British Musicians and Singers Gather in Trafalgar Square Following BREXIT Vote to Play “Ode to Joy”

I was puzzled to read that a sizable group of individual British musicians and singers had gathered Thursday night in Trafalgar Square in London to play Beethoven’s “Ode to Joy” in response to the historic British vote to leave the European Union.  This story was first reported on June 26 in the website and was described as a spontaneous response to the vote; you can view a video of the affair on the Slipped Disc website.  It’s quite moving and my first thought was to wonder why the musicians and singers were happy that BREXIT passed, especially because I had read prior to the vote that British musicians were largely in favor of remaining.  Like many of my first reactions, the thought that this event was expressing approval of BREXIT’s passage was impulsive and uninformed. 

“Ode to Joy,” is of course the familiar, final movement of Ludwig van Beethoven’s Ninth Symphony.  It is a surprising piece in that it involves choral music in a classical music symphony.  The words for the piece are taken slightly-modified from a poem by the German poet Frederich Schiller.  So, the musicians and singers were playing a piece of European music.  Most telling is that “Ode to Joy” is also the Anthem of the European Union.  One phrase in the poem translated from German and copied from the Wikipedia entry for “Ode to Joy” helps explain the sentiment:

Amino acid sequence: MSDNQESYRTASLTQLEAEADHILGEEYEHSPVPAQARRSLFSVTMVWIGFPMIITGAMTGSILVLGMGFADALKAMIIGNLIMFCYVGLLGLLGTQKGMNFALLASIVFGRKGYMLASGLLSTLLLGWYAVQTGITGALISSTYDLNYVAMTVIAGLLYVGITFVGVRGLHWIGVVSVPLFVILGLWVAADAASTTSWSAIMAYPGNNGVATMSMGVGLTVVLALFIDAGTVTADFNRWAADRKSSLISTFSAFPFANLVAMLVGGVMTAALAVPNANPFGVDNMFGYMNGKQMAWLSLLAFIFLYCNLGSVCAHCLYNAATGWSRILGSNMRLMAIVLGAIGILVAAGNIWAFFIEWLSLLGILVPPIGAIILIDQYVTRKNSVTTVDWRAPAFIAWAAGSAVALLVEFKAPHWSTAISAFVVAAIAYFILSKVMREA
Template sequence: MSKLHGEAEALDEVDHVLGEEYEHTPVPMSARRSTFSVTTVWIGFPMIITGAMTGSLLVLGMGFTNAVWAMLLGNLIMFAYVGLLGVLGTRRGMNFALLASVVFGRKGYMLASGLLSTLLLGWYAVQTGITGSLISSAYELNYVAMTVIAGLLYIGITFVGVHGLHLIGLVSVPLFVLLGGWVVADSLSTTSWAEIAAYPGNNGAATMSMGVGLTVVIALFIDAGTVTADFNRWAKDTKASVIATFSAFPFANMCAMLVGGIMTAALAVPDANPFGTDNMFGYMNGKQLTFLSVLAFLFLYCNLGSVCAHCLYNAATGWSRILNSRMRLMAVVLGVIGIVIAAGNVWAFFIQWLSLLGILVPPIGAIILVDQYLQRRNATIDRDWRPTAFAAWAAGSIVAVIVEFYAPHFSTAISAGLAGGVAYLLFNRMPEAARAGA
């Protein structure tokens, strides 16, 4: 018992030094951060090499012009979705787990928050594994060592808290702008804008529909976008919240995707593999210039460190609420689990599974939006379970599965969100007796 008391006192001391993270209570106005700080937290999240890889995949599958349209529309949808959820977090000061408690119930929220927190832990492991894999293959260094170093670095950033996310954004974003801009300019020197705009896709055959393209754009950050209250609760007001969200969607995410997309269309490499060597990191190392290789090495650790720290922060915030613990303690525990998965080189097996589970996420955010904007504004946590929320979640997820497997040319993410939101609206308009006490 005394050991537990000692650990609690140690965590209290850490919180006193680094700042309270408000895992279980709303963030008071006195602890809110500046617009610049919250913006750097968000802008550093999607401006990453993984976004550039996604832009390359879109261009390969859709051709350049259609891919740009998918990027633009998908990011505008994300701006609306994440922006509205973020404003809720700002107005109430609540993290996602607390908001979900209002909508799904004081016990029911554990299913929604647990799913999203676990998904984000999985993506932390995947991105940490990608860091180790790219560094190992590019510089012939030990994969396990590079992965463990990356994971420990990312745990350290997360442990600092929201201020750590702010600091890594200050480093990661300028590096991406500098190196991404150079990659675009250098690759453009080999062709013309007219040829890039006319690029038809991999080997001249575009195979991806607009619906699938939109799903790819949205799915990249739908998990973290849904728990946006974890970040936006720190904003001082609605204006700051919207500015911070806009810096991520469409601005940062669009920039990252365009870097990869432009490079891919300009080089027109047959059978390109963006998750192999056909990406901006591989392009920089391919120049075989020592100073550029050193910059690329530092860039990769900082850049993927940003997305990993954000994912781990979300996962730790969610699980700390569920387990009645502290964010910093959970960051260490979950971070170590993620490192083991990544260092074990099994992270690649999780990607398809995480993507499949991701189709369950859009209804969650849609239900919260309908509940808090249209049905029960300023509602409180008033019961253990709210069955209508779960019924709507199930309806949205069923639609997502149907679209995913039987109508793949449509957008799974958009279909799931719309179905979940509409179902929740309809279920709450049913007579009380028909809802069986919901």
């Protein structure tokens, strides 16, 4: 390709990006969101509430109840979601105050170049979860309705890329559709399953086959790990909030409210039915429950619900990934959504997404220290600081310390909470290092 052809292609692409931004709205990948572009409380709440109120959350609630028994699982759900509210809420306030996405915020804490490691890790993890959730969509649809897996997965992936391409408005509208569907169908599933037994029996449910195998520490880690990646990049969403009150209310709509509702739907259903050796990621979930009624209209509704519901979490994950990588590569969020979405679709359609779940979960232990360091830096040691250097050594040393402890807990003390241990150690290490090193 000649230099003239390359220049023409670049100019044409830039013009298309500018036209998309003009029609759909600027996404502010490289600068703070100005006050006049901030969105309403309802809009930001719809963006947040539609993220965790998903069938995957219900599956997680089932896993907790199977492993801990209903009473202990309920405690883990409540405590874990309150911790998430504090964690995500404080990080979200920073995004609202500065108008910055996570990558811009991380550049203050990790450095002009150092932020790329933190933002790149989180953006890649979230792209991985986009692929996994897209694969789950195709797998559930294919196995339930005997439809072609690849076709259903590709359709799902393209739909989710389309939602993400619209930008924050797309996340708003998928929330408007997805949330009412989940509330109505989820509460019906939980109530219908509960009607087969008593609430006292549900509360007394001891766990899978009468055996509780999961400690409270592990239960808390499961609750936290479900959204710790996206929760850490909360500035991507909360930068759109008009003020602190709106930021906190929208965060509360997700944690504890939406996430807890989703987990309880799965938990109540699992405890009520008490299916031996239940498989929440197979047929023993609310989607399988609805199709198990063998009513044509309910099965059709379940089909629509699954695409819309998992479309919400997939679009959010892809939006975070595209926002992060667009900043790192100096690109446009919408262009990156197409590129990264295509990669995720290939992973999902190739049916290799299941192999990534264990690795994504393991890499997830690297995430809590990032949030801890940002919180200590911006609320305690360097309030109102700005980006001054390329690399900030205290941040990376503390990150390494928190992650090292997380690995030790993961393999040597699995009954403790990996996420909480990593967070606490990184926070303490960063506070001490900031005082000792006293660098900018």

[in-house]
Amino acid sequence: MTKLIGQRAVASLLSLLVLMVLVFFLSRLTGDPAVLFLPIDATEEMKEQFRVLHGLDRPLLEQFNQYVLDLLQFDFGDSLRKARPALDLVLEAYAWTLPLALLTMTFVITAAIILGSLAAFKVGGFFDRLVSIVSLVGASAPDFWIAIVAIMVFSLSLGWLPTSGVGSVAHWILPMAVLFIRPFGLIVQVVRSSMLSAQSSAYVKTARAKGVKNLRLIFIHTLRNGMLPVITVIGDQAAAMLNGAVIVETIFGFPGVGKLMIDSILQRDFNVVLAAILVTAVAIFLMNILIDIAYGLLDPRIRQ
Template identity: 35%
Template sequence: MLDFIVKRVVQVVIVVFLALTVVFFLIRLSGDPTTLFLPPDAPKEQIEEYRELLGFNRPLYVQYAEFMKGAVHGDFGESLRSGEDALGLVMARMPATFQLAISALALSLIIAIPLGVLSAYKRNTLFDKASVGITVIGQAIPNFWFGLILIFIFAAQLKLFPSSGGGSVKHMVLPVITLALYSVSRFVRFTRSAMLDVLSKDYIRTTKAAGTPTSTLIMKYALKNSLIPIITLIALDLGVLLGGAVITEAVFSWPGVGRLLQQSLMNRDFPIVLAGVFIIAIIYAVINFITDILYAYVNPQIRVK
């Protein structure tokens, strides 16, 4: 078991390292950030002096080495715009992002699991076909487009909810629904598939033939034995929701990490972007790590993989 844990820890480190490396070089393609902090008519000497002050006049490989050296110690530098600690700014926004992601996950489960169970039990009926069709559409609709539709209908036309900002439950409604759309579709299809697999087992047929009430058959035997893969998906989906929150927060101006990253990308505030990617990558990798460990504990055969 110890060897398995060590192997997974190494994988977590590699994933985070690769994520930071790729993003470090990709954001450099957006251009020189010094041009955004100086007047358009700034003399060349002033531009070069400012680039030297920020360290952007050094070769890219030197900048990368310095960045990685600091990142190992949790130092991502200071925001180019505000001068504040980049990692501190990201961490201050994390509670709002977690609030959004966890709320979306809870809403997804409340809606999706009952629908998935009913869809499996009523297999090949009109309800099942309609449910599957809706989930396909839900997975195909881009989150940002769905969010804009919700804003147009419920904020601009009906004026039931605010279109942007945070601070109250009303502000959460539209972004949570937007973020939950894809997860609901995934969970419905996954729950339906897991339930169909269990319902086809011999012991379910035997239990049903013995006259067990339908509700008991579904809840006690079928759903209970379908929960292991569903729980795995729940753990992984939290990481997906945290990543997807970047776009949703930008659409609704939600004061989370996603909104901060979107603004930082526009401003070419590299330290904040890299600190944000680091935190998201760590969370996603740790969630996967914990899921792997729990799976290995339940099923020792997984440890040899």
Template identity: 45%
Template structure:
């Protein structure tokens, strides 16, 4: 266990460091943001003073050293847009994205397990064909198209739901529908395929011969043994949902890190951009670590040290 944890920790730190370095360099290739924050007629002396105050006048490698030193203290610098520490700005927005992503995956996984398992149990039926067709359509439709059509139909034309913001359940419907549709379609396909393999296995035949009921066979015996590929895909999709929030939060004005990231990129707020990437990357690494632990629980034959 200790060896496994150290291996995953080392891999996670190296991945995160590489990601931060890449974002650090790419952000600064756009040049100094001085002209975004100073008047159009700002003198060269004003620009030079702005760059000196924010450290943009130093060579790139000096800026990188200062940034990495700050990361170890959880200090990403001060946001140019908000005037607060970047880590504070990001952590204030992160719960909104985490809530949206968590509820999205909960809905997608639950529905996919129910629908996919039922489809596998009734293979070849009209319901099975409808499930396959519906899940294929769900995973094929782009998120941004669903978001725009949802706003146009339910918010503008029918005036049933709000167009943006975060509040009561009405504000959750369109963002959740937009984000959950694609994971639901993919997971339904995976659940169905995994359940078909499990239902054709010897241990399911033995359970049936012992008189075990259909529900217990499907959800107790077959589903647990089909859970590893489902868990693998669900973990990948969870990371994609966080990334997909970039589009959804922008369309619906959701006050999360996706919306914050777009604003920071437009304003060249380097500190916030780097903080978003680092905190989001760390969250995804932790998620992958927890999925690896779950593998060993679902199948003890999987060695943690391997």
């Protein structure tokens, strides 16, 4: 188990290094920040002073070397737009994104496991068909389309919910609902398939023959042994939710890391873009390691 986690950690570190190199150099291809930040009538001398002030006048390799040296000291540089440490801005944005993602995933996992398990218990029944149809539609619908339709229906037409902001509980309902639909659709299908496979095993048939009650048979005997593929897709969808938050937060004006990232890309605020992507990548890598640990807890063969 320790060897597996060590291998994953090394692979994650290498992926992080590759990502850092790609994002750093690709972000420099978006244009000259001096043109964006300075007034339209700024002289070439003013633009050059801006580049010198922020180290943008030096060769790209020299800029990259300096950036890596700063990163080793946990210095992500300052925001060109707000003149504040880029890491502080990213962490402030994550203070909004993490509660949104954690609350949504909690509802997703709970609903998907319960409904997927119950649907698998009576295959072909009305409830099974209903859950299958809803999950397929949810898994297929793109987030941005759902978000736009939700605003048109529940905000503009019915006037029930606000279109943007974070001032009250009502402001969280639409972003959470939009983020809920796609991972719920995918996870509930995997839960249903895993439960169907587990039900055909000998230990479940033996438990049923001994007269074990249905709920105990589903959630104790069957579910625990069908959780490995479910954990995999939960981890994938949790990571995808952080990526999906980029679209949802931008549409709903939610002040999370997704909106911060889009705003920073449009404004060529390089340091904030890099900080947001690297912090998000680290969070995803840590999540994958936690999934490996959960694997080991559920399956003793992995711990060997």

Joy, beautiful spark of divinity,
Daughter from Elysium,
We enter, drunk with fire,
Heavenly, thy sanctuary!
Your magics join again
What custom strictly divided;
All people become brothers,
Where your gentle wing abides.

It speaks to the brotherhood of man.  The musicians were playing the EU Anthem as a show of solidarity with their musician brothers in the EU. 

Philip Barrett on offered a report that mixes music and comments from the participants:  It is clear that this was a case of musicians and singers expressing their brotherhood with other musicians and singers.  In fact, British musicians/singers are worried about how this will affect funds available to hold concerts, to construct new music halls, and to easily cross borders in Europe as well as whether British musicians/singers will be able to work in the EU nations and EU musicians/singers able to work in Britain.

We will see what unfolds, but I was touched by this outpouring of emotion and display of brotherhood.